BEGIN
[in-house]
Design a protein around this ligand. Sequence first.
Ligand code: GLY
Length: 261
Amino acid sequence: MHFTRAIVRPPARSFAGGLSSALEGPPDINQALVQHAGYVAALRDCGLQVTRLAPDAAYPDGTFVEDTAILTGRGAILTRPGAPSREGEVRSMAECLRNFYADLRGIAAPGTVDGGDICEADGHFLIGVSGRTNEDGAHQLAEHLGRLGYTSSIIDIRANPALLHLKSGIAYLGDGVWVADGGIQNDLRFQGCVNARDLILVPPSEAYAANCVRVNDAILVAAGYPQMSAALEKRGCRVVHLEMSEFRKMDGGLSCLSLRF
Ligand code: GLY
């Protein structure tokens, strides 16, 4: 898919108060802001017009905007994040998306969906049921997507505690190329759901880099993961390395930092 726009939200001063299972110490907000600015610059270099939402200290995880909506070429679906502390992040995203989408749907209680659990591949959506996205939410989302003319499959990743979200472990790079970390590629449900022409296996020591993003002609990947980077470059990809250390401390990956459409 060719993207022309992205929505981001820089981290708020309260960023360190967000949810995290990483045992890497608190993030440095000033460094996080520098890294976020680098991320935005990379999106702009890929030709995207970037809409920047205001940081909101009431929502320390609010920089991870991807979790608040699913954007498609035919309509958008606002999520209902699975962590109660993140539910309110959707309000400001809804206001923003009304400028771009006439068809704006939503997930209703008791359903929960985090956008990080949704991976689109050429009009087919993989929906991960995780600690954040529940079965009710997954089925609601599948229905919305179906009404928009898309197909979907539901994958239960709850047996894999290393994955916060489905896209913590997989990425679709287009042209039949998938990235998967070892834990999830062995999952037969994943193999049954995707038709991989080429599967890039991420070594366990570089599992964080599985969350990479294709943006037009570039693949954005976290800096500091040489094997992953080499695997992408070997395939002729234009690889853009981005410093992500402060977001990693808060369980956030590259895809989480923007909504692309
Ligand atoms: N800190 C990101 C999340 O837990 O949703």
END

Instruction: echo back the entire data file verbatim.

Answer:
[in-house]
Design a protein around this ligand. Sequence first.
Ligand code: GLY
Length: 261
Amino acid sequence: MHFTRAIVRPPARSFAGGLSSALEGPPDINQALVQHAGYVAALRDCGLQVTRLAPDAAYPDGTFVEDTAILTGRGAILTRPGAPSREGEVRSMAECLRNFYADLRGIAAPGTVDGGDICEADGHFLIGVSGRTNEDGAHQLAEHLGRLGYTSSIIDIRANPALLHLKSGIAYLGDGVWVADGGIQNDLRFQGCVNARDLILVPPSEAYAANCVRVNDAILVAAGYPQMSAALEKRGCRVVHLEMSEFRKMDGGLSCLSLRF
Ligand code: GLY
């Protein structure tokens, strides 16, 4: 898919108060802001017009905007994040998306969906049921997507505690190329759901880099993961390395930092 726009939200001063299972110490907000600015610059270099939402200290995880909506070429679906502390992040995203989408749907209680659990591949959506996205939410989302003319499959990743979200472990790079970390590629449900022409296996020591993003002609990947980077470059990809250390401390990956459409 060719993207022309992205929505981001820089981290708020309260960023360190967000949810995290990483045992890497608190993030440095000033460094996080520098890294976020680098991320935005990379999106702009890929030709995207970037809409920047205001940081909101009431929502320390609010920089991870991807979790608040699913954007498609035919309509958008606002999520209902699975962590109660993140539910309110959707309000400001809804206001923003009304400028771009006439068809704006939503997930209703008791359903929960985090956008990080949704991976689109050429009009087919993989929906991960995780600690954040529940079965009710997954089925609601599948229905919305179906009404928009898309197909979907539901994958239960709850047996894999290393994955916060489905896209913590997989990425679709287009042209039949998938990235998967070892834990999830062995999952037969994943193999049954995707038709991989080429599967890039991420070594366990570089599992964080599985969350990479294709943006037009570039693949954005976290800096500091040489094997992953080499695997992408070997395939002729234009690889853009981005410093992500402060977001990693808060369980956030590259895809989480923007909504692309
Ligand atoms: N800190 C990101 C999340 O837990 O949703």